Monday night flight from Ben-Gurion Airport in Tel Aviv, to London where I now live.
I reach the top floor of Terminal 1. The first security officer looks at my passport and asks me to follow him and head to the line on the far right. We’ve been through this before, I know the way.
When we get there, the second security officer tries to guess what’s in my bag. Dates? Ma’amoul? I smile and say baklawa. She tells her colleagues I have baklawa. “Did you guess?” someone asks. “No, I talked to her,” she admits. From their chuckles I think this is a game they play to pass the time.
Second security officer says into her radio, “I have a ‘Mikey.’” I’m the Mikey. She asks me to put all my belongings into baskets and follow her. She needs to search my body.
Why? She doesn’t bother answering. She just says to sit down and take off my shoes. I ask if she needs me to take off my socks, too. No. Then she directs me to a small curtained space where she plans to search my body.
Me: “What about the big x-ray machine with all the radiation?” I prefer that to being felt up by a stranger.
Her: “It’s not possible at this time. You keep asking ‘Why?’ There’s no point, I just do what I’m told.”
Me: “Why was I moved to a different line?” As if I don’t already know.
Her: “I don’t know.”
When she asks me to unbutton my jeans, I unzip them and pull them down.
Me: “Is this good enough?” This doesn’t go over well.
Her: “Just the button.”
Her: “Take off your shirt.”
I do and tell her I’m wearing another shirt underneath. “Want me take that off, too?”
Her: *hesitating* “Yes.”
She informs me she’s going to touch me with a metal detector and gestures at her breasts.
Me: “You mean you’re going to touch my breasts?”
Her: “Not with my hands.”
She runs the metal detector over my chest and says, “Good, no wires.” She’s referring to my bra.
Me: “Yes, aren’t wireless bras more comfortable?”
Her: “That’s right, me too,” and runs the metal detector over her own chest. “Turn around so I can check your hair.”
As she runs her gloved fingers through my hair and over my scalp I make a joke about not having worn enough deodorant today.
Her: “Don’t worry, you smell nice.”
She calls in her walkie-talkie for a ‘mefasek’ because she needs ‘havshala’. Mefasek means circuit-breaker; havshala means ripening.
Me: “What’s a mefasek?”
Her: “It’s a person’s job. Don’t worry, while we’re in here they’ll finish searching your belongings.” As if this is meant to reassure me.
Me: “Can you make sure they don’t eat my baklawa?”
Her: *laughs* “Has ve halila, I’m watching them.”
Me: “Do you like your job?”
She asks where I bought my baklawa. I answer, even though the line between small talk and interrogation is unclear. She asks where I’m from. I answer. She says her parents live nearby. I ask where. She answers. I say that’s very close to where I bought the baklawa. I ask if she lives with her parents. She says she doesn’t. I ask where she is from. She answers and tells me she recently moved house. She asks if London is fun.
Even though she won’t allow me to button up my jeans, she has allowed me to put on one of my shirts. We’re practically best friends.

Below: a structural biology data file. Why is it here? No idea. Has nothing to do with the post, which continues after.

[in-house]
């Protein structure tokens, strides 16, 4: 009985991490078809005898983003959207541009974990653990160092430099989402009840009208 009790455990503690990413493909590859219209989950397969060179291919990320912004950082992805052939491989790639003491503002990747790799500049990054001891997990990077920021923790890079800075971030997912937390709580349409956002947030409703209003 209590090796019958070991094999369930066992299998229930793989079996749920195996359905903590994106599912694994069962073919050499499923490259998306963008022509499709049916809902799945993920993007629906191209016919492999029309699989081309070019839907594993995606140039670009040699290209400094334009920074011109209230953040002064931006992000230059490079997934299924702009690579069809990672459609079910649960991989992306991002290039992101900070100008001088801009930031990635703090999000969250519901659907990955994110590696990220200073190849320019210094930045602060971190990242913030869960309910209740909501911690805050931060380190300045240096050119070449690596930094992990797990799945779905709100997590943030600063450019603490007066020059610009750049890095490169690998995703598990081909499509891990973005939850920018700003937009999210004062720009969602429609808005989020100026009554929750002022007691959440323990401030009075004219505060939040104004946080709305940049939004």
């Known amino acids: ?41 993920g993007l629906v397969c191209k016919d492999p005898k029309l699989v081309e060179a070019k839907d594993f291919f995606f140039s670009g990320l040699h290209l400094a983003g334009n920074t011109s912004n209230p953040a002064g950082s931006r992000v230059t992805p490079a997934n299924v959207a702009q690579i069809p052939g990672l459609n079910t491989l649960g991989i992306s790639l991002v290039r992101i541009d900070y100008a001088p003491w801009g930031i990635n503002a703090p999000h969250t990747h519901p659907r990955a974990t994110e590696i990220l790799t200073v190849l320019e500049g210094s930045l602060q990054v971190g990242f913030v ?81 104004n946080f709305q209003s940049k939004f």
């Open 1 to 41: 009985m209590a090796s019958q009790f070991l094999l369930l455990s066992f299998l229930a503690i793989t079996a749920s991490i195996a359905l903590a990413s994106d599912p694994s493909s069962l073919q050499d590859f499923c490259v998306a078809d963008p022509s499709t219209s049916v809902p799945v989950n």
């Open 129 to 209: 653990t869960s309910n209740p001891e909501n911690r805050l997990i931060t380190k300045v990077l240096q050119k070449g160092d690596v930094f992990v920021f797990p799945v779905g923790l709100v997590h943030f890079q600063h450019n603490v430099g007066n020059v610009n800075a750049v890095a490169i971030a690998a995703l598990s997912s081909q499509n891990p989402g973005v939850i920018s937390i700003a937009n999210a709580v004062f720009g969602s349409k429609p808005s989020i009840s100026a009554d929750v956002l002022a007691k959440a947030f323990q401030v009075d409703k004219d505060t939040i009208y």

Finally, her colleague, the Mefasek presumably, arrives. She introduces herself as Marva, Head of Security. She wants me to unzip my jeans and pull them down to my knees. Why? Because the metal detector was activated—probably by the metal button on my jeans. And even though her colleague has already seen my underwear and thighs, she needs to have a look for herself. I pull down my jeans as far as they’ll go.
Me: “Good enough? Need me to turn around?” I start to turn around.
“No!” they both protest. Because clearly asking me to turn around would be too much.
Me: “Are you sure?”
Marva the Mefasek: “Yes.”
Me: “Do you like your job Marva?”
Marva the Mefasek: “Yes, I believe in it,” she says with conviction.
I smile. Not sure what it is she believes in so strongly, my crotch posing a threat to passenger security or my baklawa and belongings needing to be searched in my absence. But I keep quiet. I’ve run out of things to say and I have a flight to catch. Marva the Mefasek apologises for any discomfort. I say “I’m comfortable if you are.” My new best friend offers to help me pack my stuff and wishes me a good flight. I say goodbye without making eye contact and head to the gate.
I wrote the above in anger to post on my Facebook page. It is not something I particularly enjoy sharing on social media—it is a private moment made public by an oppressive political reality and I tend to be cautious about what I share these days. It is also not an uncommon occurrence. Almost every Arab or Palestinian passing through Ben Gurion Airport is aware of the term “Mikey.” Every time I walk into Ben Gurion I feel anxious and prepare myself for what I know is coming. I also know there is far worse injustice in the world today. Ultimately, I consider myself lucky because I have always been allowed to board the plane. Not everyone is so lucky.
My way of coping is by appealing to the security officers’ humanity. The lesson I learned through Seeds of Peace is that we are all human. Finding common ground— lack of wire under our breasts and our parents being neighbours—made the experience more bearable for me, and hopefully reminded her that I am a person who deserves to be treated with dignity.
While this story is not unique, sharing it with my friends and receiving messages of support—many from Seeds—is unique and powerful.
I’ll leave you with one from my close friend Karen Golub: “I’m sorry that you’re not treated with the same dignity I am when we go through the same airport. I’m sorry we are not equal under our government. To me, home is not home without you.”